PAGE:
1 Space extended upward; height; the perpendicular elevation of an object above its foundation, above the ground, or above a given level, or of one object above another; as, the altitude of a mountain, or of a bird above the top of a tree.
The elevation of a point, or star, or other celestial object, above the horizon, measured by the arc of a vertical circle intercepted between such point and the horizon. It is either true or apparent; true when measured from the rational or real horizon, apparent when from the sensible or apparent horizon.
The perpendicular distance from the base of a figure to the summit, or to the side parallel to the base; as, the altitude of a triangle, pyramid, parallelogram, frustum, etc.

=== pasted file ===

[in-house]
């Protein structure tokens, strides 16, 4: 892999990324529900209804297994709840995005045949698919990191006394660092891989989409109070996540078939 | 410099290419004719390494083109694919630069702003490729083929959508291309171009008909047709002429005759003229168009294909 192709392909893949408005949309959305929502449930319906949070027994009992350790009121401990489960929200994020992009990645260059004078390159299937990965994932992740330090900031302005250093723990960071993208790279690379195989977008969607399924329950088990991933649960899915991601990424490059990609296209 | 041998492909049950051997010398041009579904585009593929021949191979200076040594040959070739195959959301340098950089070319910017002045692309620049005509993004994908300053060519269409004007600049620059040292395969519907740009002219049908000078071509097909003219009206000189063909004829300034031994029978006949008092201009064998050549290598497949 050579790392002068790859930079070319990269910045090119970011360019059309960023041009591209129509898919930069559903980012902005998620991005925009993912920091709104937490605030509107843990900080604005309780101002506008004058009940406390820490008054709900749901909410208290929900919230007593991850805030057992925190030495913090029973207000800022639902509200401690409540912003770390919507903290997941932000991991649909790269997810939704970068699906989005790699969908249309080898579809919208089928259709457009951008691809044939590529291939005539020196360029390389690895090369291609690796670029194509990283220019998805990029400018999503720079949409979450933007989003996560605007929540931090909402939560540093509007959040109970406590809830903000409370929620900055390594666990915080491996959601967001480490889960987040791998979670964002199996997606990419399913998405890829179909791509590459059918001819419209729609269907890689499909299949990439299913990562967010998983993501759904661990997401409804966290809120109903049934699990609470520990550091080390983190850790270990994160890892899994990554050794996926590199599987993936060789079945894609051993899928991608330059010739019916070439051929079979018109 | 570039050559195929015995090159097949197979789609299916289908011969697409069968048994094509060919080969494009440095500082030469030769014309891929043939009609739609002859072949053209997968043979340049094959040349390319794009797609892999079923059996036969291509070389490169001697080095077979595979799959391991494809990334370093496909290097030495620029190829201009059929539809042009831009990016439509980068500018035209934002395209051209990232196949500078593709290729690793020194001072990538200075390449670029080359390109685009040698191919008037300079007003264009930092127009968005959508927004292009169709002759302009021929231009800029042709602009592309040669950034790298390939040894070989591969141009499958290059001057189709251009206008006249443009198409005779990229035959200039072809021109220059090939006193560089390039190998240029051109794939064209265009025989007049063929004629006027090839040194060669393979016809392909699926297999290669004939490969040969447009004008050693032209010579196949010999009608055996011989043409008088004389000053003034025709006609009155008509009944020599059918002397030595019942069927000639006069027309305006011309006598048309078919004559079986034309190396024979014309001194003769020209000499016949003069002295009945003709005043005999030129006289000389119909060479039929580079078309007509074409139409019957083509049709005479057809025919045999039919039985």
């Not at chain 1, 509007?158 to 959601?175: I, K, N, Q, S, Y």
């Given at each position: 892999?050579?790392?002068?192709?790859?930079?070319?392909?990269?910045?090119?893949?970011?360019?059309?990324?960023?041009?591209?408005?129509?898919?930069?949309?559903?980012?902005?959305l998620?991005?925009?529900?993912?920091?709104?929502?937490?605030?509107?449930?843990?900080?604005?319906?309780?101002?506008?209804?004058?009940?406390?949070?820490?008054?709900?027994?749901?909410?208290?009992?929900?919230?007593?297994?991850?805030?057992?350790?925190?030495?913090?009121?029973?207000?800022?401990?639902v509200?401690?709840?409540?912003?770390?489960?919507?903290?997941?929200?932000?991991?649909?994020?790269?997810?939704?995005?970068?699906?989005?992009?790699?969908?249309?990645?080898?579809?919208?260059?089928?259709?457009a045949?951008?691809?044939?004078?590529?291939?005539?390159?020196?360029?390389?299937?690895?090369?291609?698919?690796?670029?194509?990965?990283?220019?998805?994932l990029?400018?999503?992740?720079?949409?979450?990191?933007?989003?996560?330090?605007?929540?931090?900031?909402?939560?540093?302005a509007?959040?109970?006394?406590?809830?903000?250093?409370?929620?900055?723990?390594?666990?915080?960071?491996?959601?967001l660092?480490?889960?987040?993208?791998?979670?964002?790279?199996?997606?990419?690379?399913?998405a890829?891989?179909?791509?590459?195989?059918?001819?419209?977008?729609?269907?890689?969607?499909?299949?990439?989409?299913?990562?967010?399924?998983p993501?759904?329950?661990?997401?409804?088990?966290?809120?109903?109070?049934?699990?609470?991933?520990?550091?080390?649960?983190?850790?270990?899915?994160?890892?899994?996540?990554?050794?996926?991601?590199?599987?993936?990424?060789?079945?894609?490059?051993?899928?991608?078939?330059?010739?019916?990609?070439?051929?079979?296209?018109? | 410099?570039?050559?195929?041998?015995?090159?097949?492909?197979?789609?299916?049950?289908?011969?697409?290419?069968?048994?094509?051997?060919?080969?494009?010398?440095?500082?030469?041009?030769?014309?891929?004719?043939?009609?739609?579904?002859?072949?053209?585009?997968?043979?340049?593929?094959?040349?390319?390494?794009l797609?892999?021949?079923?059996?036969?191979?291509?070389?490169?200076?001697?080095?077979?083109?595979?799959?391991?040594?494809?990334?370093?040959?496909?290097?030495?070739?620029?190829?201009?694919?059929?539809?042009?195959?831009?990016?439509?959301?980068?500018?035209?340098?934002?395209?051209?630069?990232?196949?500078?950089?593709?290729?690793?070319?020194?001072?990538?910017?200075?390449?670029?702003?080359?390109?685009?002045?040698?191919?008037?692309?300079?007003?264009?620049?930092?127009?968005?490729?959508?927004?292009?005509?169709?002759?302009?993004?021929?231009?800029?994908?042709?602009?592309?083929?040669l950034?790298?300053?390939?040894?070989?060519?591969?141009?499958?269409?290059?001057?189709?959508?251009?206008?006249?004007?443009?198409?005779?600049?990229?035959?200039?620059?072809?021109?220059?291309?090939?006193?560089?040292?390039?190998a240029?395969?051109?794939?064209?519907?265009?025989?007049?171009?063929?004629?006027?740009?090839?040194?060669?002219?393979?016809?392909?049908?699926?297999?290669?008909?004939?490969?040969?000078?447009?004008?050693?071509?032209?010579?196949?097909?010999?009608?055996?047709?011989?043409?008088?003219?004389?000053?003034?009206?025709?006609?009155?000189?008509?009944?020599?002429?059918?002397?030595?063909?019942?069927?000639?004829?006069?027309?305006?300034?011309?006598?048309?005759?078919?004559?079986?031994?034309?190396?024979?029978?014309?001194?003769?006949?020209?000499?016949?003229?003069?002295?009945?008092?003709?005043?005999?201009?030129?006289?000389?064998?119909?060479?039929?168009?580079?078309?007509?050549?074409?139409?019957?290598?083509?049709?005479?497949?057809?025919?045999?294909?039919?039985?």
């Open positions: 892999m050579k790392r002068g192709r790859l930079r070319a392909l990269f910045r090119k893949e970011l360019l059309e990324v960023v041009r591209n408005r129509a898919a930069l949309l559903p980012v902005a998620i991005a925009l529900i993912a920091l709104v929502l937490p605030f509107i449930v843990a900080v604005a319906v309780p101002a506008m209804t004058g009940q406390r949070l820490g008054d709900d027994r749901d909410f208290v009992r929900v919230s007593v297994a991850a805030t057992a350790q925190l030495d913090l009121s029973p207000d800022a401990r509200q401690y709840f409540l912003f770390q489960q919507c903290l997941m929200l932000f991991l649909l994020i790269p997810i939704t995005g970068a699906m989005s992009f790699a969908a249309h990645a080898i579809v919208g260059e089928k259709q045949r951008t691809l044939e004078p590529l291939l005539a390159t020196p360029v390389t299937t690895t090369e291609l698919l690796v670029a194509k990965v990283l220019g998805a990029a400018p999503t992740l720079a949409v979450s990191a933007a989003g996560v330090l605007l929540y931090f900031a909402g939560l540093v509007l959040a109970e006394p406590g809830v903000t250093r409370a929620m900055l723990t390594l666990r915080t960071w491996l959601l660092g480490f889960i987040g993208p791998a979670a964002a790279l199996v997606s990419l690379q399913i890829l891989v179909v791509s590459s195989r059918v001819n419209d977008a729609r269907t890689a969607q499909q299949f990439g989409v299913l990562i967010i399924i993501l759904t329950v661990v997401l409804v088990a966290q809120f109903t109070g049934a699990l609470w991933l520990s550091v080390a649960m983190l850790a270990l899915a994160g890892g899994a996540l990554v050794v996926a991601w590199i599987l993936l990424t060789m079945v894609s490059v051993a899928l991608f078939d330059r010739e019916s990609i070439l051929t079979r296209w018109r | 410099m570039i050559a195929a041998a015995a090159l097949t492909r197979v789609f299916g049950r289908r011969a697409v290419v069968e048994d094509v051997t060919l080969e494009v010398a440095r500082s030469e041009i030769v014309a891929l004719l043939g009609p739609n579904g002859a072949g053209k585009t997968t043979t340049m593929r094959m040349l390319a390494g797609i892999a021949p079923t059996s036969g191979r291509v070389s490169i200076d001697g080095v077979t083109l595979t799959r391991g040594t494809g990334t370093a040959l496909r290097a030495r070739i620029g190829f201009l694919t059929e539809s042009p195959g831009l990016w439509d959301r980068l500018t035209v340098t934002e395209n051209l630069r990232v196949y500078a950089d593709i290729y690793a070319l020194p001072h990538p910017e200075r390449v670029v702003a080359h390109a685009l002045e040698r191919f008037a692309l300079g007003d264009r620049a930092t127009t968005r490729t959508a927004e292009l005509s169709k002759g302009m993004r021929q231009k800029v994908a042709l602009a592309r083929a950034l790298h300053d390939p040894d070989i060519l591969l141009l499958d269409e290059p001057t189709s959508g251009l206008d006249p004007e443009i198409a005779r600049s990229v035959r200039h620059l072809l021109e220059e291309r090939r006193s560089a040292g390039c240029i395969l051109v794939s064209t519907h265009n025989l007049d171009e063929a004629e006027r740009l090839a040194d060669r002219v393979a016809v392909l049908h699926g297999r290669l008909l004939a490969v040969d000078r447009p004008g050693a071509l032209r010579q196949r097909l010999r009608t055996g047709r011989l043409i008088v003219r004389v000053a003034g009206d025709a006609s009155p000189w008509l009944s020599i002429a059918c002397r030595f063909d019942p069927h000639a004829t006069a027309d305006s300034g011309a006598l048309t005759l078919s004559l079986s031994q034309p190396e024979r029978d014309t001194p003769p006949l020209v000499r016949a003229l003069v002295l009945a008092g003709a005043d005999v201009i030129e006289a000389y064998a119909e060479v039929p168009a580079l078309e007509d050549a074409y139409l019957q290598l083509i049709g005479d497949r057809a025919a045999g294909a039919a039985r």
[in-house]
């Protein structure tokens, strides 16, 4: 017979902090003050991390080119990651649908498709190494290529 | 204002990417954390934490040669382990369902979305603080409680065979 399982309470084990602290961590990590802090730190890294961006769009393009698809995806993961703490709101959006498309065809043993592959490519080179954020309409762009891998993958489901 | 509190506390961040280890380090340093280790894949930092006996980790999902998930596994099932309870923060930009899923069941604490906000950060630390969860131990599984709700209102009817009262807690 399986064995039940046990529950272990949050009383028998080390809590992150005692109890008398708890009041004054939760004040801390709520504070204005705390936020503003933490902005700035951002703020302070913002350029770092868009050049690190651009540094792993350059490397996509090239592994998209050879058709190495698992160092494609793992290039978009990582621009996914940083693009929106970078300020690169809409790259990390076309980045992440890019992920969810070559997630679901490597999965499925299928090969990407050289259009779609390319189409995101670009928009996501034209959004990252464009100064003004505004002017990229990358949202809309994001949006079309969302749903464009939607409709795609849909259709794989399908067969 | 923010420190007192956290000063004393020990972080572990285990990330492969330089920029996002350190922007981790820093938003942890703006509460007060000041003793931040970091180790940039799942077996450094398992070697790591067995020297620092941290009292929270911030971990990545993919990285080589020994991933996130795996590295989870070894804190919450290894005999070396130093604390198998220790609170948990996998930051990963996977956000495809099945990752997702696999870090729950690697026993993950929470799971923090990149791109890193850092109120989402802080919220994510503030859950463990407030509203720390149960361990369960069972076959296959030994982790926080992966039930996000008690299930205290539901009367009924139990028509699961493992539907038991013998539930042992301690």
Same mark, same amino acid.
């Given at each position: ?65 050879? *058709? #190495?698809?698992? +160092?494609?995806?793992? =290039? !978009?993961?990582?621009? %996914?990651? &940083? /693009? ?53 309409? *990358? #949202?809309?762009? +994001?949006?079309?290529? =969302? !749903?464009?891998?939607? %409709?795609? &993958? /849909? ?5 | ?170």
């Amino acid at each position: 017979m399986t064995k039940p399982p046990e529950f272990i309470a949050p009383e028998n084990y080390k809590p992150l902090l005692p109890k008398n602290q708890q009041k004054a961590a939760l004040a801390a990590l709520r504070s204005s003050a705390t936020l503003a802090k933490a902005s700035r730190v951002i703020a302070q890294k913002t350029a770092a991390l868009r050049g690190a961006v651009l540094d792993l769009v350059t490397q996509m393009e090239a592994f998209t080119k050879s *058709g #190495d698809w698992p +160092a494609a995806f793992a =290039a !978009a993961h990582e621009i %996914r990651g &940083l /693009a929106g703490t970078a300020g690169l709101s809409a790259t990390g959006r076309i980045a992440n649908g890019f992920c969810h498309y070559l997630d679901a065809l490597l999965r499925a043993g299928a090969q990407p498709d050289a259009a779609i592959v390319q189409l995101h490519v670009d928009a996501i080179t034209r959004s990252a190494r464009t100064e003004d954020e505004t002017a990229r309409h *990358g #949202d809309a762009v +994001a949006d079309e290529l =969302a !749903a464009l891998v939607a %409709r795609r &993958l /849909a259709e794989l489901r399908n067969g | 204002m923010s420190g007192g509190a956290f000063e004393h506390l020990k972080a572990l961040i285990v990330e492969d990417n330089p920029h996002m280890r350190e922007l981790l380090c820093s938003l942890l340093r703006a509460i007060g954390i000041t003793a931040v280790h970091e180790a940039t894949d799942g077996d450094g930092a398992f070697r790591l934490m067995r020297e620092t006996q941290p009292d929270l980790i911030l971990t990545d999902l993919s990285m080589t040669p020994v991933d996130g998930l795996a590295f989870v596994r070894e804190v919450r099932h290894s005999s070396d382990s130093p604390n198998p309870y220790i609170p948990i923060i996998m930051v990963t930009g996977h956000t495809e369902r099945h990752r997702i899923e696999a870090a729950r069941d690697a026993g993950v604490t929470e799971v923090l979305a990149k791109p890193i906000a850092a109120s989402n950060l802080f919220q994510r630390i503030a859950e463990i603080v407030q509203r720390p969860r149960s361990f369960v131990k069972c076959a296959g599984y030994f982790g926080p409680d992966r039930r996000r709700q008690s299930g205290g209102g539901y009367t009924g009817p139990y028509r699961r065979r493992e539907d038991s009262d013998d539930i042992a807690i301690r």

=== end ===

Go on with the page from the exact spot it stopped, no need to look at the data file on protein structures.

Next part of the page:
4 Height of degree; highest point or degree. He is [proud] even to the altitude of his virtue. Shak.
5 Height of rank or excellence; superiority. Swift.
Elevation of spirits; heroics; haughty airs. [Colloq.] Richardson. The man of law began to get into his altitude. Sir W. Scott. Meridian altitude, an arc of the meridian intercepted between the south point on the horizon and any point on the meridian. See Meridian, 3.